Margaret Wade Labarge Prize

Photograph from the Heritage Photograph Collection, Archives and Research Collections, Carleton University Library.

The prize for the best book published by a Canadian medievalist is named for the Society’s first President Dr Margaret Wade Labarge. It was instantly dubbed “The Polly,” reflecting the nickname by which this warm and beloved medievalist was known from coast to coast.

Throughout her career Dr Labarge was an academic anomaly. She was an inspiring figure and a respected independent scholar. Although she taught at Carleton and Ottawa from time to time, she did not hold a full-time academic appointment. Nevertheless, she was a sought-after speaker and her scholarship was acclaimed across Canada and throughout the United Kingdom and the United States. She wrote nine books on a sweeping array of topics ranging from A Baronial Household of the Thirteenth Century (1965); The Life of Louis IX of France (1968); Medieval Travellers (1982); and perhaps most significantly, Women in Medieval Life (1986), a pioneering monograph dedicated to the study of women in the Middle Ages. Her contributions to medieval studies in Canada was recognized by election to the Royal Society of Canada and appointment to the Order of Canada.

With this award for an outstanding book, the Society seeks to recognize and encourage the quality and diversity of scholarship exhibited by our first President, Margaret Wade Labarge.

Eligibility :

The Canadian Society of Medievalists / Société Canadienne des Médiévistes welcomes entries for the 2021 Margaret Wade Labarge Book Prize. The 2021 prize honours a book published in 2020 in the field of medieval studies (including monographs, editions, translations, and other categories as determined by the Prize Committee), authored or co-authored, translated or co-translated, edited or co-edited, etc. (the test being at least 50% participation) by a Canadian or someone resident in Canada. Edited collections of essays are not eligible.

A three-person committee judges the entries. The winner will be announced at the Society’s Annual General Meeting planned for June 2021, during the Congress of Humanities and Social Sciences. The prize includes a cash award and a three-year membership in the Society, which includes subscription to our journal, Florilegium.

The deadline for submitting three copies of an eligible book is February 15, 2021. Because of the changing circumstances during the COVID-19 pandemic, please contact the Chair of the Margaret Wade Labarge Book Prize Committee (Dr. James Maiello) about the best way to send books:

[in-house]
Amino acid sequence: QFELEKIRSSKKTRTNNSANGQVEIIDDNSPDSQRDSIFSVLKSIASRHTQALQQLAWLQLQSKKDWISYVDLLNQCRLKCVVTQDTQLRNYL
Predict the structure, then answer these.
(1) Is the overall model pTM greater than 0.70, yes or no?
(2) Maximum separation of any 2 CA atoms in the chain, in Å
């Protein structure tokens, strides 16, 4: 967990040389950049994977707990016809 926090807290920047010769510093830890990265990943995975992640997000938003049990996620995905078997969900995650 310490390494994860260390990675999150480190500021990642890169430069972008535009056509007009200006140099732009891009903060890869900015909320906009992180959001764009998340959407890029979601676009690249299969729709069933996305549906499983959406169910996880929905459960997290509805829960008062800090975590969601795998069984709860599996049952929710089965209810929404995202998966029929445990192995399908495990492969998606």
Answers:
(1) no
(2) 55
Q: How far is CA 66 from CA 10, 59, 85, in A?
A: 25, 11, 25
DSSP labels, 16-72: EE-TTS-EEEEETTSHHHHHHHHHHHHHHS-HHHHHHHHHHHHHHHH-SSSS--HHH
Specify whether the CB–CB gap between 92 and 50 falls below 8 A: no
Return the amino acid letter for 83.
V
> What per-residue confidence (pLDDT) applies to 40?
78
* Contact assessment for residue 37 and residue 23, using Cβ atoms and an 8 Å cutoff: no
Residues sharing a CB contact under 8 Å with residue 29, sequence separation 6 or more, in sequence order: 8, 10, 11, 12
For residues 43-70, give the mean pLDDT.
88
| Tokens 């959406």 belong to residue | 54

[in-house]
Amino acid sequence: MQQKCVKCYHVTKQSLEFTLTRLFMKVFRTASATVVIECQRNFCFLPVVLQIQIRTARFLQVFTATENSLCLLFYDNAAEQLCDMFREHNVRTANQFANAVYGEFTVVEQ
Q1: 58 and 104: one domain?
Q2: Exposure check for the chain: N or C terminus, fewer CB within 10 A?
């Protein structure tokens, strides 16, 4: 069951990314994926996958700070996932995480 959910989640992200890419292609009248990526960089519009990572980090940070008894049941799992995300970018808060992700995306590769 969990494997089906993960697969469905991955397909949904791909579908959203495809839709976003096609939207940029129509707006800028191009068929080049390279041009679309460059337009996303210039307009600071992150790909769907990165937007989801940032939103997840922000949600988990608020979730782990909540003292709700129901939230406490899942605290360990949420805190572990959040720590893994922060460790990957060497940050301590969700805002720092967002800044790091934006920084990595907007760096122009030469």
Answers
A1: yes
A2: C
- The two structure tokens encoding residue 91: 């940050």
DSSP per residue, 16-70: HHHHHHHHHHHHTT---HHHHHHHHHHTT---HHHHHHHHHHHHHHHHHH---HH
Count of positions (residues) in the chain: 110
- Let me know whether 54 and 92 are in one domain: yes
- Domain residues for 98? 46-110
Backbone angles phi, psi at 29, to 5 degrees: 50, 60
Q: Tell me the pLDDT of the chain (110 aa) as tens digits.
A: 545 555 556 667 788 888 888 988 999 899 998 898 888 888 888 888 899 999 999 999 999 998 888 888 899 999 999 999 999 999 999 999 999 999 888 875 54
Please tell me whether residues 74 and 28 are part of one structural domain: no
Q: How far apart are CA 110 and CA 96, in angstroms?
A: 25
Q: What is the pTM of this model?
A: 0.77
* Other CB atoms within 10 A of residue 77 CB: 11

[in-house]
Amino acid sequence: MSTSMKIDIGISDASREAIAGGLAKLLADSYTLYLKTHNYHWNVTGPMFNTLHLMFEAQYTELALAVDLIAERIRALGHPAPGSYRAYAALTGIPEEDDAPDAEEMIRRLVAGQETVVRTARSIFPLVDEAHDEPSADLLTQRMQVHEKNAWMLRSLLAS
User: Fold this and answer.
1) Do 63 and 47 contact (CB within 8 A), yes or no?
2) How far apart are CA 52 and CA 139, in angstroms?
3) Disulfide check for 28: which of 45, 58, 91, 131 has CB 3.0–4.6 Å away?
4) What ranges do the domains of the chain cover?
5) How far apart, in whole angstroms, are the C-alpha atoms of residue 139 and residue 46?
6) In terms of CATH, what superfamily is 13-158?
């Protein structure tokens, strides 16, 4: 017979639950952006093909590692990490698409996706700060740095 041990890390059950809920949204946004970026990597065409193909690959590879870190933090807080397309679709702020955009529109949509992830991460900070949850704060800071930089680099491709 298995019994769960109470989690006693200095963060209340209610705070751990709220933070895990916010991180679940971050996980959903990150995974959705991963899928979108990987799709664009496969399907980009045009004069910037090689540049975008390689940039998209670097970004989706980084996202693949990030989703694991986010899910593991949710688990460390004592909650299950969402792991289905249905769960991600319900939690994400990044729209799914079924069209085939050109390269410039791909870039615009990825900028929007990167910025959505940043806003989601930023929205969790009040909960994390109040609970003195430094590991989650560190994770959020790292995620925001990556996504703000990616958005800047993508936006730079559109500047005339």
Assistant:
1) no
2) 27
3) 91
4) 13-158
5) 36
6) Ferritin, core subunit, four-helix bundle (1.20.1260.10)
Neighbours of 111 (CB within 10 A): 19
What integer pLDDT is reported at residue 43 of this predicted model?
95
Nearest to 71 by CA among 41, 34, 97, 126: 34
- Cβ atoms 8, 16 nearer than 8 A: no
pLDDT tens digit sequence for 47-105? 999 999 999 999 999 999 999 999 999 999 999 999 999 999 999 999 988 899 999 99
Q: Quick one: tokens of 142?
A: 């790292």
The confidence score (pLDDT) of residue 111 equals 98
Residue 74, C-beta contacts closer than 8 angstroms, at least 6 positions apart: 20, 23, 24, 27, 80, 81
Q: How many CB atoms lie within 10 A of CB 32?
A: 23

Dr. James V. Maiello

Desautels Faculty of Music

University of Manitoba, Winnipeg

James.Maiello@umanitoba.ca


Past Winners of the Margaret Wade Labarge Prize

For further information on the winning books, see the entries below this list.

2020 - David K. Coley, Death and the Pearl Maiden: Plague, Poetry, England (Columbus: The Ohio State University Press, 2019).

2019 - James Grier, Ademarus Cabannensis Monachus et Musicus. Corpus Christianorum, Autographa Medii Aevi, 7. (Turnhout: Brepols, 2018).

2018 - Shannon McSheffrey, Seeking Sanctuary: Crime, Mercy, and Politics in English Courts, 1400-1550 (Oxford UP, 2017).
2017 - Levi Roach, Æthelred the Unready (Yale UP, 2016).
2016 - Fiona Somerset, Feeling Like Saints: Lollard Writings after Wycliff (Cornell UP, 2014).
2015 - Richard C. Hoffmann, An Environmental History of Medieval Europe (Cambridge UP, 2014).
2014 - Frank Klaassen, The Transformation of Magic: Illicit Learned Magic in the Later Middle Ages and Renaissance (Pennsylvania State UP, 2013).
2013 - James Grier, Ademari Cabennensis Opera liturgica et poetica: musica cum textibus (Brepols, 2012).
2012 - Rachel Koopmans, Wonderful to Relate: Miracle Stories and Miracle Collecting in High Medieval England (U of Pennsylvania P, 2011).
2011 - Frank Mantello and Joseph Goering, Letters of Robert Grosseteste, Bishop of Lincoln (University of Toronto Press, 2010).
2010 - Anne Dunlop, Painted Palaces: The Rise of Secular Art in Early Renaissance Italy (Penn. State Press, 2009). 
2009 - Siân Echard, Printing the Middle Ages (U of Pennsylvania P, 2008).
2008 - Fiona J. Griffiths, The Garden of Delights: Reform and Renaissance for Women in the Twelfth Century (U of Pennsylvania P, 2007).
2007 - No prize awarded.
2006 - Cynthia J. Neville, Native Lordship in Medieval Scotland: The Earltoms of Strathearn and Lennox, c. 1140-1365 (Four Courts Press, 2005).
2005 - Paul Dutton, Charlemagne's Mustache and Other Cultural Clusters of a Dark Age (Palgrave MacMillan, 2004).
2004 - No prize awarded.
2003 - No prize awarded.
2002 - Mathew Kuefler, The Manly Eunuch: Masculinity, Gender Ambiguity, and Christian Ideology in Late Antiquity (Chicago, 2001).
2001 - Alexander C. Murray, From Roman to Merovingian Gaul: A Reader (Broadview, 2000).
2000 - No prize awarded.
1999 - Sheila Delany, Impolitic Bodies: Poetry, Saints, and Society in Fifteenth-Century England: The Work of Osbern Bokenham (Oxford UP, 1998).

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